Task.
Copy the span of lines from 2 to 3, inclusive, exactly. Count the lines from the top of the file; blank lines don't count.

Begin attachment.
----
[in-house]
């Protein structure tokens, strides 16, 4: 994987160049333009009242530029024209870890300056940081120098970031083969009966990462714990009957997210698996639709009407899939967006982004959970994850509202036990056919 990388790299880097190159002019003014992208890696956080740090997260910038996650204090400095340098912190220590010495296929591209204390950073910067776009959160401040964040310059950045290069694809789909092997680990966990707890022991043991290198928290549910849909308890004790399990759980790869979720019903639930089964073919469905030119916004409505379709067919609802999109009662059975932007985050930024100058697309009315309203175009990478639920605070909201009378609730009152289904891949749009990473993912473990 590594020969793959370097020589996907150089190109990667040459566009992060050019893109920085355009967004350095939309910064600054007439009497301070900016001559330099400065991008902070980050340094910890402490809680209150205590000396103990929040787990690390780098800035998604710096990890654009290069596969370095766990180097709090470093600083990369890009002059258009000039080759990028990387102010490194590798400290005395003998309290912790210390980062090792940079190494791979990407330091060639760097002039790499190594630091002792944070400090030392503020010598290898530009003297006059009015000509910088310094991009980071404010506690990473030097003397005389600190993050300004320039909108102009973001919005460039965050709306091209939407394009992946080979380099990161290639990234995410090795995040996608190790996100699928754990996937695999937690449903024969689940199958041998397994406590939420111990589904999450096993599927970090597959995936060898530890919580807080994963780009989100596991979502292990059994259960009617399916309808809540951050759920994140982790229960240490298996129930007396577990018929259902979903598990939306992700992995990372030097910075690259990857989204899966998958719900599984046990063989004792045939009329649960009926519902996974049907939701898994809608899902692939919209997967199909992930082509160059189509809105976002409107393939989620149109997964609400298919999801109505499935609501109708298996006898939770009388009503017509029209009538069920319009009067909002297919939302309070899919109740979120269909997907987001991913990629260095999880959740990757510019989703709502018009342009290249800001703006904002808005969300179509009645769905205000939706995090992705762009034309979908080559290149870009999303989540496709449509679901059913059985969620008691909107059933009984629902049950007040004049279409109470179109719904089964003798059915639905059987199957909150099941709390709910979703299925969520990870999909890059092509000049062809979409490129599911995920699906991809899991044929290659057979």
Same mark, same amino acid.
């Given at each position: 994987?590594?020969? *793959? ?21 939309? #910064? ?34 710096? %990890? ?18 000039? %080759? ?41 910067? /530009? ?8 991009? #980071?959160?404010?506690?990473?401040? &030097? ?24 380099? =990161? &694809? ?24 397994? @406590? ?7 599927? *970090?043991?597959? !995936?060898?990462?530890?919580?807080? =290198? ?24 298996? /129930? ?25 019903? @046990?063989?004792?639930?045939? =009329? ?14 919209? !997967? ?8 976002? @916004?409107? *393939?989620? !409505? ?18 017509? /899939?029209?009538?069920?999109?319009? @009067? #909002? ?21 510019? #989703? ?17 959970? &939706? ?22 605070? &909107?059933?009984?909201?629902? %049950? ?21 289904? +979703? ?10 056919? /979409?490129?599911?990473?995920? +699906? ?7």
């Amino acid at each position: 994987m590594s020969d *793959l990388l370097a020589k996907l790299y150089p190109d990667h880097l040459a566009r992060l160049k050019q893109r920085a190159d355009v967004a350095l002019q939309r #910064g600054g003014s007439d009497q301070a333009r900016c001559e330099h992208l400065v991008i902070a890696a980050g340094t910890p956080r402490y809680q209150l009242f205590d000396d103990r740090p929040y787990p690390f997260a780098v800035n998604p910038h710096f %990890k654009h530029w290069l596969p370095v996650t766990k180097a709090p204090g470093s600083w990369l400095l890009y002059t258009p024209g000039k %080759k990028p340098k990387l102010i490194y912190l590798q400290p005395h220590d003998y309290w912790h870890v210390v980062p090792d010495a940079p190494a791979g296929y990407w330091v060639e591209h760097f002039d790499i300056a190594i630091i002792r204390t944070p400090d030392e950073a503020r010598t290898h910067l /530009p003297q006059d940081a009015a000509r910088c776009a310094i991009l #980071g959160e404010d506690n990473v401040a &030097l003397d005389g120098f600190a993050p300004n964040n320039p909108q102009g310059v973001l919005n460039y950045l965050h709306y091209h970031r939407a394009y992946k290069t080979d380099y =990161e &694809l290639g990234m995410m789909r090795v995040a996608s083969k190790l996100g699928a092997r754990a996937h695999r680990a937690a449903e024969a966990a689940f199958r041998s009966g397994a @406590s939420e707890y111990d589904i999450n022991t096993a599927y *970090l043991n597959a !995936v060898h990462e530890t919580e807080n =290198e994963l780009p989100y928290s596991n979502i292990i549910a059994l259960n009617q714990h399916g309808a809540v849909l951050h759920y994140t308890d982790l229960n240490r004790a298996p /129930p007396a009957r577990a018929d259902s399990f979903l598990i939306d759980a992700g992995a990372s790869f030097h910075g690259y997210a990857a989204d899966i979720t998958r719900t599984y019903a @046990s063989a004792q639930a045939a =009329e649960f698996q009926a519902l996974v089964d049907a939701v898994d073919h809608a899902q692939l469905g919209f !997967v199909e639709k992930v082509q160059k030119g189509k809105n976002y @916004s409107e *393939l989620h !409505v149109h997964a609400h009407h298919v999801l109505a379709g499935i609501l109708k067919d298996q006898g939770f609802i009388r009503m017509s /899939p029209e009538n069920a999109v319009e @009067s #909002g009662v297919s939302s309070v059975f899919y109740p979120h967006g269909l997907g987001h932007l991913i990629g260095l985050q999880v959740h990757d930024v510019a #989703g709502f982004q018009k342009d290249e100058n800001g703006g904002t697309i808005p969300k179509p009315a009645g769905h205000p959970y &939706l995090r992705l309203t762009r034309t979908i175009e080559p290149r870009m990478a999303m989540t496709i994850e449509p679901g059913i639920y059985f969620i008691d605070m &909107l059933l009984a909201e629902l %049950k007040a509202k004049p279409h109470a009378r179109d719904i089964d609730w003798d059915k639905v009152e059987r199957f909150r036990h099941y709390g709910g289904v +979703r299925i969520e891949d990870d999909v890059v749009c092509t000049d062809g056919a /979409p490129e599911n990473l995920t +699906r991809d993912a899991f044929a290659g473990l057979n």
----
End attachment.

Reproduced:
């Protein structure tokens, strides 16, 4: 994987160049333009009242530029024209870890300056940081120098970031083969009966990462714990009957997210698996639709009407899939967006982004959970994850509202036990056919 990388790299880097190159002019003014992208890696956080740090997260910038996650204090400095340098912190220590010495296929591209204390950073910067776009959160401040964040310059950045290069694809789909092997680990966990707890022991043991290198928290549910849909308890004790399990759980790869979720019903639930089964073919469905030119916004409505379709067919609802999109009662059975932007985050930024100058697309009315309203175009990478639920605070909201009378609730009152289904891949749009990473993912473990 590594020969793959370097020589996907150089190109990667040459566009992060050019893109920085355009967004350095939309910064600054007439009497301070900016001559330099400065991008902070980050340094910890402490809680209150205590000396103990929040787990690390780098800035998604710096990890654009290069596969370095766990180097709090470093600083990369890009002059258009000039080759990028990387102010490194590798400290005395003998309290912790210390980062090792940079190494791979990407330091060639760097002039790499190594630091002792944070400090030392503020010598290898530009003297006059009015000509910088310094991009980071404010506690990473030097003397005389600190993050300004320039909108102009973001919005460039965050709306091209939407394009992946080979380099990161290639990234995410090795995040996608190790996100699928754990996937695999937690449903024969689940199958041998397994406590939420111990589904999450096993599927970090597959995936060898530890919580807080994963780009989100596991979502292990059994259960009617399916309808809540951050759920994140982790229960240490298996129930007396577990018929259902979903598990939306992700992995990372030097910075690259990857989204899966998958719900599984046990063989004792045939009329649960009926519902996974049907939701898994809608899902692939919209997967199909992930082509160059189509809105976002409107393939989620149109997964609400298919999801109505499935609501109708298996006898939770009388009503017509029209009538069920319009009067909002297919939302309070899919109740979120269909997907987001991913990629260095999880959740990757510019989703709502018009342009290249800001703006904002808005969300179509009645769905205000939706995090992705762009034309979908080559290149870009999303989540496709449509679901059913059985969620008691909107059933009984629902049950007040004049279409109470179109719904089964003798059915639905059987199957909150099941709390709910979703299925969520990870999909890059092509000049062809979409490129599911995920699906991809899991044929290659057979």
Same mark, same amino acid.